Gridlock Guy: Back to school commute not straightforward in 2020

The back-to-school season is usually well defined. In a period of two or three weeks, most Metro Atlanta students rouse from the summer slumber and enter the early morning routine. Schools ring in mixtures of minivans, buses, bicycles, and pedestrians in a common ingress and egress like clockwork.

But 2020, or more accurately the COVID-19 pandemic, has shredded calendars and pulverised alarms. Another understood, timebound tradition is disrupted, but certainly hasn’t been called off. Back-to-school season is now far less defined, which could make these commutes even more dangerous.

First, drivers haven’t had to deal with school traffic since March. Commuters have had a five-month break from having to abide by those 25 mph speed limits or watch for many groups of kids and parents walking in school zones. And those actually still commuting have had an elongated reprieve from waiting behind stopped school buses and in the spilling carpooling lines from school driveways.

This weird pandemic purgatory not only has added to many waistlines and padded sedentary posteriors, but it has also made drivers soft, too. A lack of awareness and planning could cost a motorist some time stuck in a traffic jam. But the consequences are worse for complacence in a school zone.

“Back-to-school season looks a little different this year, but it’s still important for motorists to be vigilant and keep safety top of mind, " AAA spokeswoman Montrae Waiters said in a release last week.

A great step for anyone who drives through school zones in this preparation would be to first find out very simply if the respective school district is holding any in-person classes. That gets difficult, of course, because COVID-19 outbreaks have shut some individual schools in the early opening days.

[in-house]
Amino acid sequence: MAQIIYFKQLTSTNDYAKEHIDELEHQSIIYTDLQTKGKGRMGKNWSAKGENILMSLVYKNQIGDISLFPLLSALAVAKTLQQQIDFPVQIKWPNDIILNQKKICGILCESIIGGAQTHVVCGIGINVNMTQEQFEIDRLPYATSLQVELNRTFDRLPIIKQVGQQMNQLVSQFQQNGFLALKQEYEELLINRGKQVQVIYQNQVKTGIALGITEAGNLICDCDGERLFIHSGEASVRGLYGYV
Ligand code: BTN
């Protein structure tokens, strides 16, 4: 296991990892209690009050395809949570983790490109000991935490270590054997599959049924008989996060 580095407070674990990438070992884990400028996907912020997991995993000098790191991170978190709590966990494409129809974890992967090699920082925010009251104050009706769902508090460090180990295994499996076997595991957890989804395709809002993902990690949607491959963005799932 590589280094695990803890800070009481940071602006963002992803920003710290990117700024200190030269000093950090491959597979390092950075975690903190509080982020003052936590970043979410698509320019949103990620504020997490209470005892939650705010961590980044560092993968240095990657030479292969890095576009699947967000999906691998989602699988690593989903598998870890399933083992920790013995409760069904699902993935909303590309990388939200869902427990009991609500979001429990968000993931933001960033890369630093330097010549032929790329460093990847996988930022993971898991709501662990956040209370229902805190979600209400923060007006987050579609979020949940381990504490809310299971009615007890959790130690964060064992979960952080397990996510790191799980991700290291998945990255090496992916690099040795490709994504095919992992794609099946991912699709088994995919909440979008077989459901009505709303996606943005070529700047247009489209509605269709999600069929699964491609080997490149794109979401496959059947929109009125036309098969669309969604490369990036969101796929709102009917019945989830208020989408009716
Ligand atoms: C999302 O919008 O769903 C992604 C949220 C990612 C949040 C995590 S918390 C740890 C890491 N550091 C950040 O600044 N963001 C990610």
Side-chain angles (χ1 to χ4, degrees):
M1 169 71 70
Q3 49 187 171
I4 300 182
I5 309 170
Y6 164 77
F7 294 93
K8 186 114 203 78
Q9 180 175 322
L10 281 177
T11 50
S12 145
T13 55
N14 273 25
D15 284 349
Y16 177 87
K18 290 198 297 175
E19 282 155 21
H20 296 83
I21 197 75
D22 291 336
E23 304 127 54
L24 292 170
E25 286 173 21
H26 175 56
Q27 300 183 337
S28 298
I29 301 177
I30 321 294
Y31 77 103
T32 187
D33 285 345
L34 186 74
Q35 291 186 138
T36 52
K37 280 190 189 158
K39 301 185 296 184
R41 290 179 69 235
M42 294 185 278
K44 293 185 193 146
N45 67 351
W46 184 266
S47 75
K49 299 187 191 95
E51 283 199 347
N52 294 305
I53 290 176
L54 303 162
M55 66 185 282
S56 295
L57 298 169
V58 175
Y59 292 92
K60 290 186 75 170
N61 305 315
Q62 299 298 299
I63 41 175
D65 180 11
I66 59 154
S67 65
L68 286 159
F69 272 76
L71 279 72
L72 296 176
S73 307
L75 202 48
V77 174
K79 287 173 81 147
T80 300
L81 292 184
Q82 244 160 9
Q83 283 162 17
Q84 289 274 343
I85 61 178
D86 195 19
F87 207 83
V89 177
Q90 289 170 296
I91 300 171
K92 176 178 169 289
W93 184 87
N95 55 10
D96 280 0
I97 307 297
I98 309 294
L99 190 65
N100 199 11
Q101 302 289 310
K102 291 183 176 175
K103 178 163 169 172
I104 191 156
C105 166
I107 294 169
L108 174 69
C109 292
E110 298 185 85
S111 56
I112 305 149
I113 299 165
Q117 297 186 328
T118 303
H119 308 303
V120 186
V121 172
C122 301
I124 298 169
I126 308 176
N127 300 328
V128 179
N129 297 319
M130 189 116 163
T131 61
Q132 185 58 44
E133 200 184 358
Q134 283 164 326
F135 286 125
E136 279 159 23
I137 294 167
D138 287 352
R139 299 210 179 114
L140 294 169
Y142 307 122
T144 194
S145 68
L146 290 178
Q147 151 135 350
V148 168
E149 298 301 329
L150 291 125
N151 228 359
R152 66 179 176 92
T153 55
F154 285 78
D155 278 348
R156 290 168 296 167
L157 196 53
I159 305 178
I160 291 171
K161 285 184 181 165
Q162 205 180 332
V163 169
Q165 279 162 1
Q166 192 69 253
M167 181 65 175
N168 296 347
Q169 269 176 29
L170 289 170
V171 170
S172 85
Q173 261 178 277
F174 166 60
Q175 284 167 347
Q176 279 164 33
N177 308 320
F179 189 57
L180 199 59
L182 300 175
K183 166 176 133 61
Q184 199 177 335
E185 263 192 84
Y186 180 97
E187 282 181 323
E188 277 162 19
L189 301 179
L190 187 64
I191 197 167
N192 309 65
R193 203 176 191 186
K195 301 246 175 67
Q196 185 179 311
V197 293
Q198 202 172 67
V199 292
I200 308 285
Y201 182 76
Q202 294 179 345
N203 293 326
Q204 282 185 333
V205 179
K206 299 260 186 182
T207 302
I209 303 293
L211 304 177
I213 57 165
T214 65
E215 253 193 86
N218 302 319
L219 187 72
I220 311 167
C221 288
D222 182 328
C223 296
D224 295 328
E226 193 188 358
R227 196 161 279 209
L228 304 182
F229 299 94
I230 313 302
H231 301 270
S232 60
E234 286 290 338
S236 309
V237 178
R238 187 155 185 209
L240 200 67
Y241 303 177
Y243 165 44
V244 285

Many Metro Atlanta counties are delaying in-person learning, are soft-opening certain campuses with partial capacities, or are allowing each family to decide if the student attends class at school or online. So there isn’t just this “on-off switch” for the return to school. But there no doubt are some districts already returning and some that plan to, which means drivers need to be alert.

Drivers also need to mind the 25 mph speed limit in school zones. AAA reminds motorists once again that someone hit by a car at 25 mph is two-thirds less likely to die than at 35 mph. Every little bit of caution makes a difference.

And remember that school-bus laws have gotten more lenient and then stricter again in the last couple of years. After some confusion two years ago, the rules became simple again. When a school bus stops to load or unload kids, all lanes in both directions of a road must stop. The only exception to this is that traffic coming in the opposite direction does not have to stop if that road or highway has a median separator. So, in most cases, entire roads stop for buses.

AAA also brings attention to another traffic hazard related to at-home learning. “Traditional school zone activity could move closer to home for many, and we are urging drivers to remain alert and expect increased foot and bicycle traffic at all times throughout the day,” Waiters said. Neighborhood streets that normally would be free of many kids during the day now may see more outside playing or on bicycles during recess periods at home. This is yet another unpredictable factor, but at least it is a continuation of a pattern seen since the end of last school year and expectedly through the summer months. So it isn’t new.

Some schools are in session, some are delayed. Some schools (including colleges) have in-person classes and some are online only. Some schools are fully open and some have a decreased capacity. Some school systems are randomly doing half-days. These times are confusing for kids and parents and anyone involved at the schools and for anyone driving around them. Now is the time to get re-trained on where school zones are and to do some research about what exactly the schools along a desired route are doing. The cost of not doing so is quite high.


Doug Turnbull, the PM drive Skycopter anchor for Triple Team Traffic on 95.5 WSB, is the Gridlock Guy. He also hosts a traffic podcast with Smilin’ Mark McKay on wsbradio.com. Contact him at Doug.Turnbull@cmg.com.